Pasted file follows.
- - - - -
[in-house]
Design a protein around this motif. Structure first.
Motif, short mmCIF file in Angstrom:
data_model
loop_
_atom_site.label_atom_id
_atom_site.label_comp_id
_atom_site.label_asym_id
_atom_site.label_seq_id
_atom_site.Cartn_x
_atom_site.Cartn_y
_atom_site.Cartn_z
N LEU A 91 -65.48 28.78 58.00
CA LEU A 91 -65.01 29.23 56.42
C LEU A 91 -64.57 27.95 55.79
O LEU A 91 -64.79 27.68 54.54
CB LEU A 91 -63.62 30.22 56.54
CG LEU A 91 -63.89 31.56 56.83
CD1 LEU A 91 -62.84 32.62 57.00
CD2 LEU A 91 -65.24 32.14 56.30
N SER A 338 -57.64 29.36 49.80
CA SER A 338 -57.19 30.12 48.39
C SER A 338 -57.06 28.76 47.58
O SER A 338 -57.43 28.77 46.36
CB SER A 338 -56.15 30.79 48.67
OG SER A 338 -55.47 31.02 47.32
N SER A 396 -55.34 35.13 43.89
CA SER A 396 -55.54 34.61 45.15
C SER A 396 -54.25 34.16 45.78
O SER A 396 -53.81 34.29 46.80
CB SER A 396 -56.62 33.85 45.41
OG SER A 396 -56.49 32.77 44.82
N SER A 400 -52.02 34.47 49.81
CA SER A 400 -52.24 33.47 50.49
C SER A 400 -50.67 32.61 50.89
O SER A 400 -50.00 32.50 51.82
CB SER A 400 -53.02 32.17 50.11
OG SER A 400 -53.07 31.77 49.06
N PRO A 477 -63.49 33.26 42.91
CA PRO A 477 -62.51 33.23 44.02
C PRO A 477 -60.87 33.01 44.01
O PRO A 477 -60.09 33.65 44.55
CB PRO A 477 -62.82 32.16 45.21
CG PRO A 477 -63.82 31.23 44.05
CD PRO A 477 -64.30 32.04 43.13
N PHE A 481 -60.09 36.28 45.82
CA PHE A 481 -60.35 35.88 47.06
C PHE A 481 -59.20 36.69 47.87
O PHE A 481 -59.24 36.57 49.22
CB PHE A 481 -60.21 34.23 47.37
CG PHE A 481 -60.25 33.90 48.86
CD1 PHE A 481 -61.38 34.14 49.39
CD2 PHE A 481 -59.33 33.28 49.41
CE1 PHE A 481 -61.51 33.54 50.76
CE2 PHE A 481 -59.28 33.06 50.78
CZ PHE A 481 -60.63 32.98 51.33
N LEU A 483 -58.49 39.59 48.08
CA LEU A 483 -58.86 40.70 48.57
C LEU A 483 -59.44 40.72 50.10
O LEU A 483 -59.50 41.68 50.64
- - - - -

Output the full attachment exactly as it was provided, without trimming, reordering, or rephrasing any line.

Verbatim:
[in-house]
Design a protein around this motif. Structure first.
Motif, short mmCIF file in Angstrom:
data_model
loop_
_atom_site.label_atom_id
_atom_site.label_comp_id
_atom_site.label_asym_id
_atom_site.label_seq_id
_atom_site.Cartn_x
_atom_site.Cartn_y
_atom_site.Cartn_z
N LEU A 91 -65.48 28.78 58.00
CA LEU A 91 -65.01 29.23 56.42
C LEU A 91 -64.57 27.95 55.79
O LEU A 91 -64.79 27.68 54.54
CB LEU A 91 -63.62 30.22 56.54
CG LEU A 91 -63.89 31.56 56.83
CD1 LEU A 91 -62.84 32.62 57.00
CD2 LEU A 91 -65.24 32.14 56.30
N SER A 338 -57.64 29.36 49.80
CA SER A 338 -57.19 30.12 48.39
C SER A 338 -57.06 28.76 47.58
O SER A 338 -57.43 28.77 46.36
CB SER A 338 -56.15 30.79 48.67
OG SER A 338 -55.47 31.02 47.32
N SER A 396 -55.34 35.13 43.89
CA SER A 396 -55.54 34.61 45.15
C SER A 396 -54.25 34.16 45.78
O SER A 396 -53.81 34.29 46.80
CB SER A 396 -56.62 33.85 45.41
OG SER A 396 -56.49 32.77 44.82
N SER A 400 -52.02 34.47 49.81
CA SER A 400 -52.24 33.47 50.49
C SER A 400 -50.67 32.61 50.89
O SER A 400 -50.00 32.50 51.82
CB SER A 400 -53.02 32.17 50.11
OG SER A 400 -53.07 31.77 49.06
N PRO A 477 -63.49 33.26 42.91
CA PRO A 477 -62.51 33.23 44.02
C PRO A 477 -60.87 33.01 44.01
O PRO A 477 -60.09 33.65 44.55
CB PRO A 477 -62.82 32.16 45.21
CG PRO A 477 -63.82 31.23 44.05
CD PRO A 477 -64.30 32.04 43.13
N PHE A 481 -60.09 36.28 45.82
CA PHE A 481 -60.35 35.88 47.06
C PHE A 481 -59.20 36.69 47.87
O PHE A 481 -59.24 36.57 49.22
CB PHE A 481 -60.21 34.23 47.37
CG PHE A 481 -60.25 33.90 48.86
CD1 PHE A 481 -61.38 34.14 49.39
CD2 PHE A 481 -59.33 33.28 49.41
CE1 PHE A 481 -61.51 33.54 50.76
CE2 PHE A 481 -59.28 33.06 50.78
CZ PHE A 481 -60.63 32.98 51.33
N LEU A 483 -58.49 39.59 48.08
CA LEU A 483 -58.86 40.70 48.57
C LEU A 483 -59.44 40.72 50.10
O LEU A 483 -59.50 41.68 50.64